Craig Wright’s repeated claim to be the man behind pseudonymous name of Bitcoin creator Satoshi Nakamoto has taken another twist as news has broken that Wright had filed a copyright claim on the Bitcoin whitepaper and the computer code underpinning its operations. Originally uncovered by cryptocurrency policy think tank Coin Center’s communications director Neeraj K. Agrawal on Twitter, Wright’s copyright claims were added to the official catalogue of United States copyright claims on May 20.
— Neeraj K. Agrawal (@NeerajKA) May 21, 2019
Copyright claims can be filed by anyone on virtually anything with no need to produce extensive evidence to back these claims up. Others were quick to point this out on Twitter and it seems unlikely that Wright’s latest claim will win other any who have doubted his claims to be the “true” Satoshi Nakamoto. Coin Center executive director Jerry Brito suggested that others could file a copyright claim of their own, which would force Wright into producing evidence in order to take legal ownership of the Bitcoin whitepaper’s copyright.
Registering a copyright is just filing a form. The Copyright Office does not investigate the validity of the claim; they just register it. Unfortunately there is no official way to challenge a registration. If there are competing claims, the Office will just register all of them. https://t.co/YA70ALpG1Y
— Jerry Brito (@jerrybrito) May 21, 2019
Brito suggested that podcaster Peter McCormack would be a good choice to file a counterclaim to the Bitcoin copyright. McCormack has repeatedly goaded Wright over his claims to be the true Satoshi Nakamoto, offering him £100,000 last month if Wright was able to transfer any Bitcoin from an address associated with Satoshi Nakamoto. McCormack would the support of prominent figures in the crypto world such as Binance CEO Changpeng “CZ” Zhao with his mocking response to a lawsuit threatened against him by Wright for ridiculing Wright’s claims to be the true Satoshi Nakamoto.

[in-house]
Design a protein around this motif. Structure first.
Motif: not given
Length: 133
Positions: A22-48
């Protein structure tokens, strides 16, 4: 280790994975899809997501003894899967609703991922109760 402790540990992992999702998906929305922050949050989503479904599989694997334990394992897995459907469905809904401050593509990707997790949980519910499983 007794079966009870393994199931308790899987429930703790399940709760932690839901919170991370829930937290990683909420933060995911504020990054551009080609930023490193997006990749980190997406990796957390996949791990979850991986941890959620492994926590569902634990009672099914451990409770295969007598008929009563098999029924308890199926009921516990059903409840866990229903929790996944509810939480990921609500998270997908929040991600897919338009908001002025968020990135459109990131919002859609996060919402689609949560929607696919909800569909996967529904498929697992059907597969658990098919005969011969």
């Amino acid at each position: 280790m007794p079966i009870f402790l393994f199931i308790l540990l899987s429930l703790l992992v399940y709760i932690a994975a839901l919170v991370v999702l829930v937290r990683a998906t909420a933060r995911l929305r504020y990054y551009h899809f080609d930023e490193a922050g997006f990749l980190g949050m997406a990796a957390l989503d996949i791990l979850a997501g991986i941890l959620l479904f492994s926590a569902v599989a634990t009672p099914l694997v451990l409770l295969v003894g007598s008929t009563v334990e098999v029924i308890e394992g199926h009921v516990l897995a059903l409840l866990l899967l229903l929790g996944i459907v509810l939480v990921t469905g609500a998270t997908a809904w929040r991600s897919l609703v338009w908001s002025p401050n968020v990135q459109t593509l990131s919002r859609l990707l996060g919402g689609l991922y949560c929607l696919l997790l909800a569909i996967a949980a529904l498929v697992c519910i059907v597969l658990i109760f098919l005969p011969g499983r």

Master piece! You have my full support, Peter.
To be clear, I don't choose sides on technology. We let market do that. I am against fraud, such as lying to be someone. As such, it is my strong opinion that:
Craig Wright is fraud. https://t.co/f9ihSD6Pr3
— CZ Binance (@cz_binance) April 15, 2019
CZ famously dealt a huge blow to the success of the Craig Wright-led Bitcoin Cash Satoshi’s Vision (SV) coin, formed in an acrimonious hard fork from Bitcoin Cash in November last year, by delisting it from Binance earlier this year. The drama surrounding the Bitcoin Cash hard fork, which saw hash power from major mining operations diverted into staving off attacks on the Bitcoin Cash network, is widely blamed for crashing Bitcoin’s price to the lowest of the protracted 2018 bear market.
As Bitcoin Cash SV was created in a hard fork, tokens were automatically available to anyone who held Bitcoin Cash at a 1:1 ratio. Many major exchanges, Binance included, chose to list the newly-forked cryptocurrency and thereby grant the forked tokens to users on their platforms. However, after growing increasingly exasperated with Wright’s claims to be Satoshi Nakamoto, Binance announced on April 15 that Bitcoin Cash SV would be delisted from Binance. The price fell immediately, tumbling from to $72.33 to $55.30 in around 24 hours.
Why has Bitcoin Cash SV’s price shot up?
Looking at the immediate reaction to news breaking of Wright’s latest claims on Twitter, it seems unlikely any new believers will be won over to his cause. Nevertheless, this latest headline-grabbing announcement seems almost certain to have had some impact on a huge surge in Bitcoin Cash SV’s price. Though it’s fallen away since, Bitcoin Cash SV went from $62.52 at UTC 12:00 to $139.31 at UTC 13:01 – a gain of 221% in a little over an hour.
Not only is this far above the level Bitcoin Cash SV was at prior to the Binance delisting, it’s the also the highest level the controversial cryptocurrency has seen since the days following its November launch. During that period, the price oscillated wildly as part of a fractious hash rate war between supporters of Craig Wright’s hard fork and the original Bitcoin Cash. The latest surge hasn’t been completely sustained, but Bitcoin Cash SV is still at $105, having not broken above $100 since December.
Of course, Binance is not among the exchanges to have contributed to this latest surge in Bitcoin Cash SV’s spot price. Instead, South Korean exchange Upbit, Swiss exchange DCoin, and Hong Kong/Malta based exchanged OKEX are together comprising around a third of Bitcoin Cash SV’s volume in the past 24 hours, according to CoinMarketCap.com.
The suddenness of the increase will no doubt only add to the controversy surrounding Wright and Bitcoin Cash SV in the cryptocurrency scene.